RPG #19 - Architecture so far

As the core features of my RPG are nearing completion (I keep telling myself that), I thought it might be a good idea to review the architecture of the game.


flowchart TB subgraph Module module end Module-->Game subgraph Game game end Game-->Engine subgraph Engine engine end Engine-->Godot subgraph Godot godot end

In general all of the code in the RPG can be decided into the following layers.

Contains all assets, data and scripts that make up the majority of the content of the game. More than one modules can be loaded at a time, but at the moment there is only one.
Contains all scenes that and code that makes the game what it is. These are things like the screens, player entities, camera control, etc. Nothing in this layer is built for re-usability.
Contains all low-level data management of the game. It controls, stores and operates on all the data in the game and communicates what’s going on to the Game by events. Everything in this layer should be built for re-usability as much as possible.

The main idea between the split between Game and Engine is to be able to use large portions of the Engine in another game that I’m working on. This game is an FPS instead of an RPG, it plays vastly different but uses many of the features I’ve built for the RPG.

Engine components

The components in Engine are highly re-usable and take special care to run a independently as possible.

Each Engine component could be seen as a microservice. They each handle their own bounded-context and handle their own storage. Communication is done through events to avoid hard-coupling as much as possible, and calling other modules it kept to a minimum.

At the moment there are 28 modules, and their dependencies are as shown below.

flowchart LR achievements; actions-->logging; actors; ai; audio; buff; console-->game; console-->scripting; console-->items; console-->options; console-->world; console-->gui; console-->quest; console-->skills; console-->events; console-->conversation; conversation; events; events-->scripting; game; game-->options; game-->world; game-->modules; game-->skills; graphics; gui; hud; items; journal; logging; modules; options; particles; party; pawns; player; procedural; qodot; quest; scripting; skills; world;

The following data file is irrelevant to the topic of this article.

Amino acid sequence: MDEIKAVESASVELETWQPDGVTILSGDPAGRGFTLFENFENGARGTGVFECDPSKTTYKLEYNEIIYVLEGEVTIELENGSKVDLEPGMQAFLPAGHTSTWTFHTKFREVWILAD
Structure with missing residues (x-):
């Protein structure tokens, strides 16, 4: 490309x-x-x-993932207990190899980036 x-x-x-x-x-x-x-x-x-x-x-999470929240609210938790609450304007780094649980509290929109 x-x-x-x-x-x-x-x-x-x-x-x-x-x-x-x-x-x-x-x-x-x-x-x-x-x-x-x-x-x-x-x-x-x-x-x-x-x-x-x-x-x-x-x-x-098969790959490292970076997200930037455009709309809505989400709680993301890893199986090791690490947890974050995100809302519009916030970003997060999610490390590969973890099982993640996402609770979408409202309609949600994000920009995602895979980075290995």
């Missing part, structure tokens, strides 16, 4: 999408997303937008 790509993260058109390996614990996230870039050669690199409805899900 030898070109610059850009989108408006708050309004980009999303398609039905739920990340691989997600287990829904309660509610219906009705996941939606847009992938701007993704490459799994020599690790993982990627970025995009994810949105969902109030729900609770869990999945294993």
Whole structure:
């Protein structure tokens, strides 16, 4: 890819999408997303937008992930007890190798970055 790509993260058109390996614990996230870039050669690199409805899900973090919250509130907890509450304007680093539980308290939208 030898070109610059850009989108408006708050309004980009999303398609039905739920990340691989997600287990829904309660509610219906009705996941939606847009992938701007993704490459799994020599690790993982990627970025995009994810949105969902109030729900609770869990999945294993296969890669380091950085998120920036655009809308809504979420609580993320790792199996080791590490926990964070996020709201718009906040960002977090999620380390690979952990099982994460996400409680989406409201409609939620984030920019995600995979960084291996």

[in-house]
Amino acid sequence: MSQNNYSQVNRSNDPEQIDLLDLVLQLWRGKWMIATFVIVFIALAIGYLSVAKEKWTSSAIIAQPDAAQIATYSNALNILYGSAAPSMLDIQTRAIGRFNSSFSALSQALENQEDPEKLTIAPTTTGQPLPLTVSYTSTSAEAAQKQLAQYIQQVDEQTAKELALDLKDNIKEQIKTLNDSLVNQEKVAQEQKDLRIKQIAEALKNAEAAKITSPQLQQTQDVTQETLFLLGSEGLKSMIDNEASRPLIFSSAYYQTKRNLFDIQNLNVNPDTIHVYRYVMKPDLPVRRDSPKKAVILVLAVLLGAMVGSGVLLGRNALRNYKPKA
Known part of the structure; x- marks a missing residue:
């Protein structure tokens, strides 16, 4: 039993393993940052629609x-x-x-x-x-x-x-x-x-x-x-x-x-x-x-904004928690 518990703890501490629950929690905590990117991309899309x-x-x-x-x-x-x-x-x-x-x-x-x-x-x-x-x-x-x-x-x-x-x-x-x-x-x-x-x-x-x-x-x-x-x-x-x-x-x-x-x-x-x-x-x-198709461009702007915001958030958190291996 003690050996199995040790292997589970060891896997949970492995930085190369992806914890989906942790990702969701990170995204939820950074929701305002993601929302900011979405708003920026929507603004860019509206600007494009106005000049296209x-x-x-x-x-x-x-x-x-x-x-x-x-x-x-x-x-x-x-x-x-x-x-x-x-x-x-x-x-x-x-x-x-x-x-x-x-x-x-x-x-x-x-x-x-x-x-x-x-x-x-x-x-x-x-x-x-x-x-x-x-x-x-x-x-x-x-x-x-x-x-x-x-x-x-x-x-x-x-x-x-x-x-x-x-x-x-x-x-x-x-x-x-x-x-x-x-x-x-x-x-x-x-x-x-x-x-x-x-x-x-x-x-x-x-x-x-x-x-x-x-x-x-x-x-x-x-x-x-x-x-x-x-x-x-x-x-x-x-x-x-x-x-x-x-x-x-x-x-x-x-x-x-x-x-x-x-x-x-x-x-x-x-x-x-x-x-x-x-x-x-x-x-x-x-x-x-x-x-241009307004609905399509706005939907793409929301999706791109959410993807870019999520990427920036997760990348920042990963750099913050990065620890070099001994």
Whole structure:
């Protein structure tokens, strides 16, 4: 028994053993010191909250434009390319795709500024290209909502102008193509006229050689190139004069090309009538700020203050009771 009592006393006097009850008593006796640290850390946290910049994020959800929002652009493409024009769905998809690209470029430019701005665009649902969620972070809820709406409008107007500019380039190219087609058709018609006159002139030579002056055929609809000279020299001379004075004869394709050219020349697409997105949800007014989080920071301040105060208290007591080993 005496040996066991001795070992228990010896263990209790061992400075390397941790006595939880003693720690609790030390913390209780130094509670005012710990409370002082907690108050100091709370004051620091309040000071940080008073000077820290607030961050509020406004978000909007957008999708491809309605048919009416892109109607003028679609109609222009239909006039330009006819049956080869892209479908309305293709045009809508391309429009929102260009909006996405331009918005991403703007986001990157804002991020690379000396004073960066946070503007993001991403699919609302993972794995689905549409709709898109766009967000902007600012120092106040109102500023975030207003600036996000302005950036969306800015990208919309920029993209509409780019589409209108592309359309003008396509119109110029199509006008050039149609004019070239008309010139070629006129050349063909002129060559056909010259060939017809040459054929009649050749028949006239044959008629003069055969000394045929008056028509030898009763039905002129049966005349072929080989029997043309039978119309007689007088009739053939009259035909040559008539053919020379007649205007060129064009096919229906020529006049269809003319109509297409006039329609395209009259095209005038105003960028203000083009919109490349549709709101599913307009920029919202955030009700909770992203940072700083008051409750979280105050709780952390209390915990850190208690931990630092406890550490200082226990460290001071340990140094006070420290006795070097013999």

Code in the Engine layer never calls code in the Game layer, instead they send events whenever something interesting happens in the engine code.

For example, when a new items has been added to the players inventory the items component sends a item_added(item_id) event. The narration component in the Game layer listens to this event and shows a text notifying the player they’ve got a new item. Additionally, if the player has their inventory screen open, the inventory screen will also listen to this event and automatically refresh the screen to contain the new item.

So far this approach have been working quite well.

  • It’s very easy to separate each concern into its own component.
  • It’s very easy to test each component as no graphics are needed.
  • It’s very easy to port to another language later (e.g. C++ or Rust) should I wish to do so.

Game components

Code in the Game layer are not built for re-usability or testability. They contain code making heavy use of Godot features and graphical capabilities.

In general it contains some game specific scenes such as the Player scene (consisting though of re-usable engine components such as the FPSController), and a lot of GUIs, HUDs and screens.

The screens and their GUIs call code in the Engine layer and listen to events coming from it.

I’ve found code in this layer to be a bit prone to errors since they are a bit more difficult to automatically test since they use graphical features. E.g. testing if jumping works it not straight forward.

Module components

The Module layer generally consists of scripts, rather than proper code. These scripts contribute data such as items, quests, maps, etc to the game. All scripts are completely impossible to test since they rely on run-time availability of entities and other scripts. They are written in a very ad-hoc manner and very little good coding practices go into these because they are (by-design) very linear.

At the moment I haven’t gotten far enough into writing content for the game, but I am reluctant to put any more engineering into the scripts as I want to avoid turning the game into a bland fetch X, kill X type of MMORPG or Ubisoft game (looking at you Far Cry and Assassin Creed).


So far I’m the architecture haven’t given me much grief. Occasionally I’ve broken some code in the Game or Module layer by making a breaking change in an Engine component. I trying to avoid this by writing strict tests on the Engine code that breaks whenever I make a incompatible change. This at least gives me a hint that I should probably check any code using it.

I want to look into writing some tests for the Game code as well, where possible. Even just loading each component up to see if they still load and run could be useful.

And finally I might want to merge some Engine components as there are some with overlap, or are simply too small to warrant their own component. I’ve already did this in the passed with e.g. the skills, attributes and motives modules which now all live in attributes.